4 Min Read
* Industry output rises 2.3 pct vs f'cast 1.2 pct
* Domestic demand for capital goods drives jump (Adds details, quotes, background)
By Sarah Marsh
BERLIN, April 5 (Reuters) - Swelling domestic demand for capital goods drove a stronger-than-expected rise in German industrial orders in February, adding to signs Europe's largest economy and growth engine is back on track after a dismal end to last year.
Seasonally and price-adjusted order intakes rose 2.3 percent on the month, data from the Economy Ministry showed on Friday, well above a forecast in a Reuters poll of 34 economists for a 1.2 percent rise. It was the strongest rise since October, and made up for a 1.6 percent fall in January.
The data was a further indication that Germany's robust domestic economy will probably compensate for weak demand this year from top trading partners in Europe, which are struggling with the debt crisis.
"Today's new order data add to the evidence that the German economy's decoupling from the rest of the euro zone is continuing," said ING's Carsten Brzeski. "With the solid labour market and surprisingly strong retail sales, domestic demand should be an important growth driver this year."
"In addition, the pick-up in non-euro zone demand shows that the German economy benefits from the gradual recovery of the global economy," he said.
German retail sales also rose in February, for the second month in a row, figures showed last week.
By contrast, trade in euro zone shops overall was weaker than expected in February, falling 0.3 percent on the month and raising doubts about how quickly the euro zone can recover from recession.
Friday's data showed domestic industrial orders were up 2.2 percent, while intake from abroad increased 2.3 percent. Orders from the euro zone were up 1.6 percent, after dropping 3.8 percent in January, while intake from further afield rose 2.7 percent.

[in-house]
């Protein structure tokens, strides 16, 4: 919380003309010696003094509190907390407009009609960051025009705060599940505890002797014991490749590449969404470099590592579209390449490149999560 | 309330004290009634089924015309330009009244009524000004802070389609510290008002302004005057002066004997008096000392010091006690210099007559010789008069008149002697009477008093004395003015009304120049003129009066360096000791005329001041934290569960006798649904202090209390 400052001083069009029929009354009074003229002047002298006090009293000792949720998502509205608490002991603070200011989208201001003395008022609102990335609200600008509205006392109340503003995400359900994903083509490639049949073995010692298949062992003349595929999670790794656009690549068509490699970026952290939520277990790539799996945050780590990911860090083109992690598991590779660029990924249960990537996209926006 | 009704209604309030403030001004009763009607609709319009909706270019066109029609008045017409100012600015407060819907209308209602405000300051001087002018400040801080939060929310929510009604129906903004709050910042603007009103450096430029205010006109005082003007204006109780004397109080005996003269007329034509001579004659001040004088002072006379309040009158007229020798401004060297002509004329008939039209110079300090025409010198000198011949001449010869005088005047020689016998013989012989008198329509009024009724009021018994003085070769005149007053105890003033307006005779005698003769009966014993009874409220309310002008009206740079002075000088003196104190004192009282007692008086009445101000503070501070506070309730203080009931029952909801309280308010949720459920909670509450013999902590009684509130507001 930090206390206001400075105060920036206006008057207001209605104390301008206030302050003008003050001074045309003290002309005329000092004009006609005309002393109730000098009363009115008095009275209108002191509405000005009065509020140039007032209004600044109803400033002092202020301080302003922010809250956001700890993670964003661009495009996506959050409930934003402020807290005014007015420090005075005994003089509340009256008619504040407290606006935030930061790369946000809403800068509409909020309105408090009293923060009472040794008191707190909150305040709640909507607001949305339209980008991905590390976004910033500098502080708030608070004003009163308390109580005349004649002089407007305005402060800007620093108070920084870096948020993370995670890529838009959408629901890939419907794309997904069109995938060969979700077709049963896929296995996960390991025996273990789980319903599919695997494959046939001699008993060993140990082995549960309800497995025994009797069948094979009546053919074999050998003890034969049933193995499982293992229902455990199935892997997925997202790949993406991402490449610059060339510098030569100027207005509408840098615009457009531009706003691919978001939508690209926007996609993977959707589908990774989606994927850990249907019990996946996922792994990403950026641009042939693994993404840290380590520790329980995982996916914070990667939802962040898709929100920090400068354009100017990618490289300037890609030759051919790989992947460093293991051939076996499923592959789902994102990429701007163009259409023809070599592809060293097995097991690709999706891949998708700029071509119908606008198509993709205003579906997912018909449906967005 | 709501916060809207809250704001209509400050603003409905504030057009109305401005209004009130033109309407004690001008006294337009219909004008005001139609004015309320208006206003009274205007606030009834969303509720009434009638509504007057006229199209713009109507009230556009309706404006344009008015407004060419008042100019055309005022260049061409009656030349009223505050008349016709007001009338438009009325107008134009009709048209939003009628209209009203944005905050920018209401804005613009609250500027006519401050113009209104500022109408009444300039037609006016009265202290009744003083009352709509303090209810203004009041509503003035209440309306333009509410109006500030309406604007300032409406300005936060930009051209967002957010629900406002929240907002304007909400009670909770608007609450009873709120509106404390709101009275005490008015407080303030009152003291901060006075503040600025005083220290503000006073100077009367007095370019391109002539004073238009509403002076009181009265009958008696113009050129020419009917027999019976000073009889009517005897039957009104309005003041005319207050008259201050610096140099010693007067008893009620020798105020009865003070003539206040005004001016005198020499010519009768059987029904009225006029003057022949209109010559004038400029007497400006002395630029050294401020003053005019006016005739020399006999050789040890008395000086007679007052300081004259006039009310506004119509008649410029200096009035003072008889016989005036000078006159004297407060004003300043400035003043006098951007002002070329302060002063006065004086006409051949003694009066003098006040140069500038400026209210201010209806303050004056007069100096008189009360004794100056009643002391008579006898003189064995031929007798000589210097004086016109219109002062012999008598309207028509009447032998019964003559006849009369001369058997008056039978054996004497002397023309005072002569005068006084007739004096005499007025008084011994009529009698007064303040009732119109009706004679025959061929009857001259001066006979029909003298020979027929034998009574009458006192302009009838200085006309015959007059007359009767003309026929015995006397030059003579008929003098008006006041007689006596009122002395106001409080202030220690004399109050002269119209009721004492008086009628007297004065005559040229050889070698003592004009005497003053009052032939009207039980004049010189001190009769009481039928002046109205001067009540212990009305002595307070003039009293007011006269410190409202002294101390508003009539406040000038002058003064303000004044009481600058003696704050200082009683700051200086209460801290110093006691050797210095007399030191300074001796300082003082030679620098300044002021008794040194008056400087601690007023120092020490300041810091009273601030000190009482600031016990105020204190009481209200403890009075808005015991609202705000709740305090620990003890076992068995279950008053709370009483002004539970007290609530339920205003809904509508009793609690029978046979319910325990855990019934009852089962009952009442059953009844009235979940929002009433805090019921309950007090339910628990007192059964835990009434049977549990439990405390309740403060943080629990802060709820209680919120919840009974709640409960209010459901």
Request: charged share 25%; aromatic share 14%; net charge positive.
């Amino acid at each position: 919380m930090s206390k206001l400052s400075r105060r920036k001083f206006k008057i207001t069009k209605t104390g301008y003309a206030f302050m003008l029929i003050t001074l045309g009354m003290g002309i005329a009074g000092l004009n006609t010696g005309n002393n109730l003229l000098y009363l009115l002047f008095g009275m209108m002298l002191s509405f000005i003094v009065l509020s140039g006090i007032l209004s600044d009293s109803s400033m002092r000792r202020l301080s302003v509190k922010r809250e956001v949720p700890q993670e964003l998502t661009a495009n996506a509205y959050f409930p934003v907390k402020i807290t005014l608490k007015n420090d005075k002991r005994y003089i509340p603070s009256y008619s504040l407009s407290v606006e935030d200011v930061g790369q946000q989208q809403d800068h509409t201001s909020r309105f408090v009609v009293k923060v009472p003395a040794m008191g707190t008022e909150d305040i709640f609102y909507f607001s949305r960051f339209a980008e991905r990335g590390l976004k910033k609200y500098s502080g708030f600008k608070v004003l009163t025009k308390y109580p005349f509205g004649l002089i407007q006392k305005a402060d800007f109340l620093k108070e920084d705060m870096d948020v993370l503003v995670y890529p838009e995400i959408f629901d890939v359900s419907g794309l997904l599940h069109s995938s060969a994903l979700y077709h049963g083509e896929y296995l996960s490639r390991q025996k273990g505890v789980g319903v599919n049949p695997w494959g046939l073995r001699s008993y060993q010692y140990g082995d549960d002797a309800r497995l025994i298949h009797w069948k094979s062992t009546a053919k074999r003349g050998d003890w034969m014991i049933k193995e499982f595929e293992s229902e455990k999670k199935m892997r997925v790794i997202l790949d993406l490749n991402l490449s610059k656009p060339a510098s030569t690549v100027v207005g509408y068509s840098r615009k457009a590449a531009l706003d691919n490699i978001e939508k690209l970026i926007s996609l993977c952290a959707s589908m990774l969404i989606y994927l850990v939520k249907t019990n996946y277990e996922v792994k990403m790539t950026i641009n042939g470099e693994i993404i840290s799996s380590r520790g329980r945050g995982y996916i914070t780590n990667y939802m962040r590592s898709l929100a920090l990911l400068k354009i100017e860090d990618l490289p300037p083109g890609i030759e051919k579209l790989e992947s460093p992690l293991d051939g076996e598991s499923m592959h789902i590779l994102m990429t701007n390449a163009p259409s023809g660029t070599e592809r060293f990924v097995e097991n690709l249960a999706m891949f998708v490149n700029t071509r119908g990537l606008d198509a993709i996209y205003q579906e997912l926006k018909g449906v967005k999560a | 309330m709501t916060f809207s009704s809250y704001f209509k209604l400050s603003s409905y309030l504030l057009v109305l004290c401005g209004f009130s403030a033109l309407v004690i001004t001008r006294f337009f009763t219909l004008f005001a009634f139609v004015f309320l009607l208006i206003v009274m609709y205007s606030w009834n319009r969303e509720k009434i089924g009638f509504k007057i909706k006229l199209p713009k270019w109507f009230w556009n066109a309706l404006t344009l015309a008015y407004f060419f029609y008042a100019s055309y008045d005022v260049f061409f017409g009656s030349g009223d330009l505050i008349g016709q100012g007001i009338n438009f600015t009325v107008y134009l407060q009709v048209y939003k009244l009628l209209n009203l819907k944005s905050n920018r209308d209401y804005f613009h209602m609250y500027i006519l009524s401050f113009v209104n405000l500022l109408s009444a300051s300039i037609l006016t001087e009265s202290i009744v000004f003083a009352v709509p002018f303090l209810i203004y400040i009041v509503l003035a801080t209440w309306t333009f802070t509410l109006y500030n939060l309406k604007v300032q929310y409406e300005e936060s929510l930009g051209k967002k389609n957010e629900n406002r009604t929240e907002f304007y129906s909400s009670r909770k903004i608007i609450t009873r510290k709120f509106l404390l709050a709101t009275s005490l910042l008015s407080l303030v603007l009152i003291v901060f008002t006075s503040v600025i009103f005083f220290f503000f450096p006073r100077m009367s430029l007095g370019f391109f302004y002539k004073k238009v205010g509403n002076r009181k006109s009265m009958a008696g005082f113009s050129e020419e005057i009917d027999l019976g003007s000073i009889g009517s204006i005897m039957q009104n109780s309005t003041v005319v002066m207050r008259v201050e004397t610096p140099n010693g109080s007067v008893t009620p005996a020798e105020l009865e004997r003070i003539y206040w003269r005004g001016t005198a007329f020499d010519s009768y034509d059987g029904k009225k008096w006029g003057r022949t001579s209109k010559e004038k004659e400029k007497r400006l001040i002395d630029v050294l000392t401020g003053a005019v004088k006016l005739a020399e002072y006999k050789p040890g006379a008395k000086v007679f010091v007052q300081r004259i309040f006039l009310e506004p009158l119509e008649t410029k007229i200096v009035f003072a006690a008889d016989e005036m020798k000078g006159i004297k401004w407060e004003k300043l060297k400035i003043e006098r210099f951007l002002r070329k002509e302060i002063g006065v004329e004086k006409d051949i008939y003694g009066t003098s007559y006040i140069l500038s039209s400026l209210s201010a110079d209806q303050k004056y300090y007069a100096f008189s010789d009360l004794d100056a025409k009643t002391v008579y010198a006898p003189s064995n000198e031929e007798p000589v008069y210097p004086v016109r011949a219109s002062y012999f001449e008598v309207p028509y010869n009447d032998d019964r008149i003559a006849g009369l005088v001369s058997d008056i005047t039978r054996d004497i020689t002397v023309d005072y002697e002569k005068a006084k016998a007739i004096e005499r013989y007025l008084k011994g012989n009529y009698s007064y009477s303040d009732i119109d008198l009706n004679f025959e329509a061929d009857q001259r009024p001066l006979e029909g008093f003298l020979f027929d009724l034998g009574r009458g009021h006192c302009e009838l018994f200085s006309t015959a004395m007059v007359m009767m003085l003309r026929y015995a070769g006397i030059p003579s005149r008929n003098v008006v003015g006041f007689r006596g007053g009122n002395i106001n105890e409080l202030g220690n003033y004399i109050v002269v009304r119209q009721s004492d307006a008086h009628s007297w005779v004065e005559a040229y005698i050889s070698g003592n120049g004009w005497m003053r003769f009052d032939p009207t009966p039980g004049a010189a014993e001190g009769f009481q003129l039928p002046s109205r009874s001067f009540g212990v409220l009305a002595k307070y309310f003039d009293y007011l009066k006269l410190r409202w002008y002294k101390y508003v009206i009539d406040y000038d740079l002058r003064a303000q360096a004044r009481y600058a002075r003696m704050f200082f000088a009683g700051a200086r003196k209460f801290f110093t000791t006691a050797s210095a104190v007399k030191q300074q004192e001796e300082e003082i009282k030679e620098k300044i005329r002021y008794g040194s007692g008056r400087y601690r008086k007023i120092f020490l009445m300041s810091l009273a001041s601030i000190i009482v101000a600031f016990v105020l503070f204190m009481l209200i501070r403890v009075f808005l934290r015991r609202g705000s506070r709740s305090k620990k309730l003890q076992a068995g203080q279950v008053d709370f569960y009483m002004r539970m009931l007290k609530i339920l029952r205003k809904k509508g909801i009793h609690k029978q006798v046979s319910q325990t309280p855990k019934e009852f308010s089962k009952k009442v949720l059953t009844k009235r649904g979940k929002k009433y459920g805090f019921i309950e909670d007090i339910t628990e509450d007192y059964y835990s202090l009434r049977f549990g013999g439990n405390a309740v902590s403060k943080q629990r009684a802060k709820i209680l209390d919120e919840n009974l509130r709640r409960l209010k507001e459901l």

Germany's economy, long resilient to the euro zone crisis, slowed in 2012 and output shrank by 0.6 percent in the fourth quarter. But economists expect it to avoid recession and to have returned to weak growth in the first three months of 2013.
German growth is crucial for stimulating the economy of the broader single currency bloc.
Domestic orders for machinery and other capital goods jumped 4.4 percent, which the economy ministry said set the stage for a revival in investments.
"With the current revival of orders, the industrial sector is increasingly overcoming its weak phase," the ministry said in a statement. "The progressive revival of the industrial sector that has been predicated by the sentiment indicators is increasingly being confirmed by real economic indicators."
Sentiment indicators have generally been positive so far this year, despite industrial output stalling and orders falling in January. A survey last week showed consumer morale holding steady heading into April as Germans became more upbeat about the economy.
The survey showed their desire to shop held at a good level due to the stable labour market, with unemployment near a post-reunification low, easing inflation and the low interest rates being offered by banks. (Additional reporting by Klaus Lauer and Annika Breidthardt,; Editing by Stephen Brown and Susan Fenton)